Former senator Tessie Aquino-Oreta (center) comes out in defense of colleague Gregorio Honasan in this Senate file photo from 2006. Honasan had been arrested over a supposed plot to topple the Arroyo administration. Others in the photo are senators Vicente Sotto III (left) and Rodolfo Biazon (right).


Maria Teresa “Tessie” Aquino-Oreta, former representative of Malabon-Navotas and senator, passed away Thursday night at the age of 75.

The veteran lawmaker was known as a staunch education advocate, but one small act made a lot of difference for public school teachers.

Aquino-Oreta had found that teachers didn’t know how much was being deducted from their salaries. She prodded the education department to issue payslips, a basic document.

As a result, teachers got their payslips for the first time in August 2000.

“I want to take care of the teacher so that the teacher in turn will take care of our children, so in turn our children will take care of the future of the country,” she was quoted as saying on the Senate website.

Aquino-Oreta’s son, Malabon Mayor Antolin Oreta III, announced the ex-lawmaker’s death on Friday in a Facebook post, accompanied with a childhood photo of himself and his late mother.

“On behalf of my family, it is with great sadness that I announce the passing of my mom at 10:48 p.m. of May 14. Former Senator Tessie Aquino-Oreta was a public servant who devoted her life to the country and her adopted hometown of Malabon. She was a loving grandmother, mother, and wife and a friend to those whose lives she touched. We ask for your prayers for mom. Thank you,” he wrote.

Senate President Vicente Sotto III said he and Information and Communications Technology Secretary Gregorio Honasan II were close to Aquino-Oreta, while his wife, Helen, a relative of the late ex-lawmaker, was “devastated” by the news.

“I will remember her as a strong woman-legislator whose advocacies focused on empowering women and children,” he said in a statement.

Aquino-Oreta was a member of the prominent Aquino political clan of Tarlac, the youngest sister of slain Marcos opposition figure Benigno “Ninoy” Aquino III and Agapito “Butz” Aquino, both of whom were also elected to the Senate.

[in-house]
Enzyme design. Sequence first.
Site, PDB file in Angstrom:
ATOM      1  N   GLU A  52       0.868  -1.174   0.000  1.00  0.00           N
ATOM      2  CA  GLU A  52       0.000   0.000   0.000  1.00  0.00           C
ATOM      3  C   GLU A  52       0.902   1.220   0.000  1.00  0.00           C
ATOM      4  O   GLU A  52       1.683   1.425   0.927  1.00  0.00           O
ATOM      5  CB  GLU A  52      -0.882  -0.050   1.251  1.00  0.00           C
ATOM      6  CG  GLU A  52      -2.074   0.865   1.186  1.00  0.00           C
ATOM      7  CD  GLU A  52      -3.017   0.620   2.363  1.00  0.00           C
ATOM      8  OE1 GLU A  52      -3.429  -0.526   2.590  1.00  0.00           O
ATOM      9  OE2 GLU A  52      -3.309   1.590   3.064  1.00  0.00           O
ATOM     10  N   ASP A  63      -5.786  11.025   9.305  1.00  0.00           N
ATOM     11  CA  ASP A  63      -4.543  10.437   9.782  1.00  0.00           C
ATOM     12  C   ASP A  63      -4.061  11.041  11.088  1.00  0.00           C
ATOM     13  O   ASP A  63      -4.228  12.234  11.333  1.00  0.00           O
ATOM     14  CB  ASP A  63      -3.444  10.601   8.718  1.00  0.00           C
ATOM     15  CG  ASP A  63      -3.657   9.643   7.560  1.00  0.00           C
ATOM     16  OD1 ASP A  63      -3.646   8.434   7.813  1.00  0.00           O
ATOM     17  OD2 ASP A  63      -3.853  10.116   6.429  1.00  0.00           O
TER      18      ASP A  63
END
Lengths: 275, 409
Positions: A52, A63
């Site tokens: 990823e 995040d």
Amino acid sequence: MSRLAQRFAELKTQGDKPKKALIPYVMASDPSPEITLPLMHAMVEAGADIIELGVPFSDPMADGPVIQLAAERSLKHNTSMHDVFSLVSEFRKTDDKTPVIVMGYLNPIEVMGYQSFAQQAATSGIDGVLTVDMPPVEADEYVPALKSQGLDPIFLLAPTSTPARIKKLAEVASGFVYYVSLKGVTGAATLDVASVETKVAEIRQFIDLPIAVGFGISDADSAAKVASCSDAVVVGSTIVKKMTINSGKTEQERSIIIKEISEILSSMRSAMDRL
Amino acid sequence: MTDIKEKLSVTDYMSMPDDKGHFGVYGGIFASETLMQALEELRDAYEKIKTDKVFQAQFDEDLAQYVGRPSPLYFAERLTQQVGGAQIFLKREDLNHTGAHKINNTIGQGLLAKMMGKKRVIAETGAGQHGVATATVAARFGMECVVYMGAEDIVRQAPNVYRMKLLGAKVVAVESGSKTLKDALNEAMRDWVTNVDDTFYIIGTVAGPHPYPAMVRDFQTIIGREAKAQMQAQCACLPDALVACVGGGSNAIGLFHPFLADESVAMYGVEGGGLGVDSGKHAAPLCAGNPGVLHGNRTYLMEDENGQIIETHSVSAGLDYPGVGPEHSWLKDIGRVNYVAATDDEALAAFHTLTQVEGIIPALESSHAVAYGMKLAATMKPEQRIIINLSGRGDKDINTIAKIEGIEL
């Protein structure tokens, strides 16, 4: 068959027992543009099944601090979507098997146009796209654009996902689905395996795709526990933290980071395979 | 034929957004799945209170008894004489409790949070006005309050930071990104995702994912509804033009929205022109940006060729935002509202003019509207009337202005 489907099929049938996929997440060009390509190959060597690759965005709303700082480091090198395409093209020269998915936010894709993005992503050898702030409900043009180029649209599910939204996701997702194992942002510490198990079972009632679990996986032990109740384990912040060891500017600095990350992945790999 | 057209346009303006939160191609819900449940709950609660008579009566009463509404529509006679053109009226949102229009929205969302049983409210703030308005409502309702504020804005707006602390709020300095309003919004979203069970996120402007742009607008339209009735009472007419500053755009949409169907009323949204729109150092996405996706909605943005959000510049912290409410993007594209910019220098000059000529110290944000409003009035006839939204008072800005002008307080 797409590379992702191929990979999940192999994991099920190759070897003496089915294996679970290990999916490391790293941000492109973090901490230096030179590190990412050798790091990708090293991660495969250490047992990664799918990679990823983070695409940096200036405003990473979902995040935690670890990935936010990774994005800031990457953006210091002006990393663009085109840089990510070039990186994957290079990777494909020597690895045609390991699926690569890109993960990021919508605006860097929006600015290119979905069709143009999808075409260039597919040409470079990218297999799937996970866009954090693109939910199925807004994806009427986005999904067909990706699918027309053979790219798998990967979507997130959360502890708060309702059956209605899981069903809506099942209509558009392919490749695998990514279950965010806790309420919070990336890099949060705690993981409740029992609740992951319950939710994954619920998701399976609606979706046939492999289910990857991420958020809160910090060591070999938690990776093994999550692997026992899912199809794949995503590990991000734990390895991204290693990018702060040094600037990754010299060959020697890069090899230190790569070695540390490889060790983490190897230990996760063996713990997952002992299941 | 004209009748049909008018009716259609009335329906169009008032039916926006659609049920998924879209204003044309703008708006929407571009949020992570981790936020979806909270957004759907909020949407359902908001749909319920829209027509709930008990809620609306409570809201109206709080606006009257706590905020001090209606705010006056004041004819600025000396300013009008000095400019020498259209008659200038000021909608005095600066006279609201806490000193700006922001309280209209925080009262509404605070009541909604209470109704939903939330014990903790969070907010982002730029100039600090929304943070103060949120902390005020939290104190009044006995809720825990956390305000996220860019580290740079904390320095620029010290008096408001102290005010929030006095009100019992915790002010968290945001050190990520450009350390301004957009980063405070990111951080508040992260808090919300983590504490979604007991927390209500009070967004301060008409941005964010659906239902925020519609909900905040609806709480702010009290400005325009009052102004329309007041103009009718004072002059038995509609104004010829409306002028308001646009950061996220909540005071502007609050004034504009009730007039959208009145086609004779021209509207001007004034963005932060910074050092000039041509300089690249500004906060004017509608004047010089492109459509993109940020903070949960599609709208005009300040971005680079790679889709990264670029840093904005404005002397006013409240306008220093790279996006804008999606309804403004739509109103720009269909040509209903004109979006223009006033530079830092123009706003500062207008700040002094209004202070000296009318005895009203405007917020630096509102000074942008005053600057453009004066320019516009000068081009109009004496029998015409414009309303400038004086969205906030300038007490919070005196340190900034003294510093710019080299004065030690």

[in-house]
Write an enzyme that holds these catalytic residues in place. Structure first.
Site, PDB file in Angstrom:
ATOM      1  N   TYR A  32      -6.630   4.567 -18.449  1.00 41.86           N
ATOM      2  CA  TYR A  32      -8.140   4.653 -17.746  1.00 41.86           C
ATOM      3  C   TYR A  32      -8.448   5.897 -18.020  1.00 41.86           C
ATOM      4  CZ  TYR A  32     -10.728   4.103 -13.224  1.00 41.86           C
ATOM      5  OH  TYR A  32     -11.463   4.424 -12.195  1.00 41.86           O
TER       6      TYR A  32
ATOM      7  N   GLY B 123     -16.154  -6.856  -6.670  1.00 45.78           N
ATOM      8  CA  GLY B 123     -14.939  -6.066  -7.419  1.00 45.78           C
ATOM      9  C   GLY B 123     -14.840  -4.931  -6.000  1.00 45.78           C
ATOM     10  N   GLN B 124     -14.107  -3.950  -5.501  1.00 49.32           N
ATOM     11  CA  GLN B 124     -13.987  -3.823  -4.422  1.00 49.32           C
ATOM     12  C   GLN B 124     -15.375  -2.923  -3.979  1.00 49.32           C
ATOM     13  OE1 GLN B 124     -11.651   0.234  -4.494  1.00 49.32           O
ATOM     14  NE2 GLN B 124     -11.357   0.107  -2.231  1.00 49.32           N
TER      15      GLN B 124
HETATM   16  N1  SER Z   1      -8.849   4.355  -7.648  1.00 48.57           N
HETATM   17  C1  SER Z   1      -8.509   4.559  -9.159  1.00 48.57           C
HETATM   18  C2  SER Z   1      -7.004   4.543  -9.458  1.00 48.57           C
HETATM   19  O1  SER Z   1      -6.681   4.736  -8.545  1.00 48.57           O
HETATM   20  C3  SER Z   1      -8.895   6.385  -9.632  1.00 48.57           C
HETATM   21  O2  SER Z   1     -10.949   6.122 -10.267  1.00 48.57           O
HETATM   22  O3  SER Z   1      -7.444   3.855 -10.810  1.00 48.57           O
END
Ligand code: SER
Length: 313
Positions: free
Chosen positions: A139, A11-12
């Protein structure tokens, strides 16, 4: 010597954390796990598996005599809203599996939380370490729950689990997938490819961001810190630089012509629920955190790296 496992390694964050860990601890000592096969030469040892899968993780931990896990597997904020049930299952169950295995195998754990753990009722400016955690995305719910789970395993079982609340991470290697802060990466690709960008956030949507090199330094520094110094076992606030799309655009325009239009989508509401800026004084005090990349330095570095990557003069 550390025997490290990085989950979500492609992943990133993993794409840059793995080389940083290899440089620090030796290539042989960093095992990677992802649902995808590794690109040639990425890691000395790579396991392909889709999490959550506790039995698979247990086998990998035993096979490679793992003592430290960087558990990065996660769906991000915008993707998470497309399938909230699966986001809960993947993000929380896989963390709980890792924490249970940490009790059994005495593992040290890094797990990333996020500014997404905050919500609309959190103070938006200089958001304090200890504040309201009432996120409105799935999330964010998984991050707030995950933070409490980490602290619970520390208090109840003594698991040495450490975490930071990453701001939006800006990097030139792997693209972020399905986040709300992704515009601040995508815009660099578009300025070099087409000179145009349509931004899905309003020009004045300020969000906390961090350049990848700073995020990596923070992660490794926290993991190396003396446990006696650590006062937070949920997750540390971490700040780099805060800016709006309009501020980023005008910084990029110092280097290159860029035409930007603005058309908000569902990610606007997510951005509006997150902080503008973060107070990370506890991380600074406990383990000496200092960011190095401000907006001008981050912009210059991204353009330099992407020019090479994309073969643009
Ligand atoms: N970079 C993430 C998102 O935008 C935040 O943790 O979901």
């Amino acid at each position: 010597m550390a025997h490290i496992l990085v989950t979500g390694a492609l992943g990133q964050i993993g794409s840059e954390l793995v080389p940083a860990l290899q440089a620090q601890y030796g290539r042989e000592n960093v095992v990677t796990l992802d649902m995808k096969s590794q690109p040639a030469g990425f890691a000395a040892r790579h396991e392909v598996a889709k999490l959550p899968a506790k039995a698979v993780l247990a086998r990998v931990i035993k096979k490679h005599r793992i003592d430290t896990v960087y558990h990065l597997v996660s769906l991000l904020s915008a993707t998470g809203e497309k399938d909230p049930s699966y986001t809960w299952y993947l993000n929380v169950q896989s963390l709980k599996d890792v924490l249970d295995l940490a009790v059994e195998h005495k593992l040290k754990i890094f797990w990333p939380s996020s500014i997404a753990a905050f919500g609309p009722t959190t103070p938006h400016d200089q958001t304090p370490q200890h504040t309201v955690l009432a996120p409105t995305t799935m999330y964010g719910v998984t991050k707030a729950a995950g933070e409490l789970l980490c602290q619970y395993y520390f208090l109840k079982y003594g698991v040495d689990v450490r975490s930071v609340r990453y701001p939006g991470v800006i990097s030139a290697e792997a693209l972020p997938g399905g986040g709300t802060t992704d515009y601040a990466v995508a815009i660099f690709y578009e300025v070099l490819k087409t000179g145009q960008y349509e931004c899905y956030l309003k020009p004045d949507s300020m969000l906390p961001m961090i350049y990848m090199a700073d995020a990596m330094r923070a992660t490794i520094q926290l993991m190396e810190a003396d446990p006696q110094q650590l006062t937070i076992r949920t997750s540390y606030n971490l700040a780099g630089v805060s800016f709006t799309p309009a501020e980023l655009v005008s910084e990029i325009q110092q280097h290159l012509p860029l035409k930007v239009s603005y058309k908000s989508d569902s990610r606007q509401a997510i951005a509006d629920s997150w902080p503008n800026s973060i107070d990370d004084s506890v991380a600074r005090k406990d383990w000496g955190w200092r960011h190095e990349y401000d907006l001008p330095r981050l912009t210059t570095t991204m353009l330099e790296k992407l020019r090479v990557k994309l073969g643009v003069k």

But Aquino-Oreta did not always align herself politically with the clan, notably during the Estrada impeachment trial in 2001 when she took the side of President Joseph Estrada. The former movie actor was deposed by the EDSA “People Power 2” uprising led by her sister-in-law and Ninoy Aquino’s widow, former president Corazon “Cory” Aquino.

After three terms in the House, Aquino-Oreta won a Senate seat in 1998 under the political coalition that supported Estrada’s victorious presidential bid. Cory Aquino backed a losing candidate, former Manila mayor Alfredo Lim.

In the 2007 Senate elections, Aquino-Oreta sought to get back her seat but had to drop the “Aquino” family name in favor of then Tarlac representative Benigno “Noynoy” Aquino III, Ninoy and Cory’s son.

She ran under the administration slate backed by President Gloria Macapagal-Arroyo and lost, while Noynoy Aquino won a Senate seat under the resurgent opposition Liberal Party. Three years later, Noynoy Aquino won the presidency on a tide of public sympathy following the death of his mother Cory and the unpopularity of the Arroyo administration.

Aquino-Oreta was married to businessman Antolin Oreta Jr., with whom she had four children.

She studied literature and history at the Assumption Convent and international studies at Ciudad Ducal in Avila, Spain. She also earned a master’s degree in national security administration from the National Defense College of the Philippines and was a reservist of the Philippine Air Force.

Aquino-Oreta was the first woman to become assistant majority leader of the House, where she authored or co-authored some 280 bills, 79 of which became law. In the Senate, she chaired the education committee and filed 197 bills and resolutions.

Among the laws she had authored are the Philippine Science High School System Act, the Governance of Basic Education Act, the Early Childhood Care and Development Act and the Solo Parent Act. (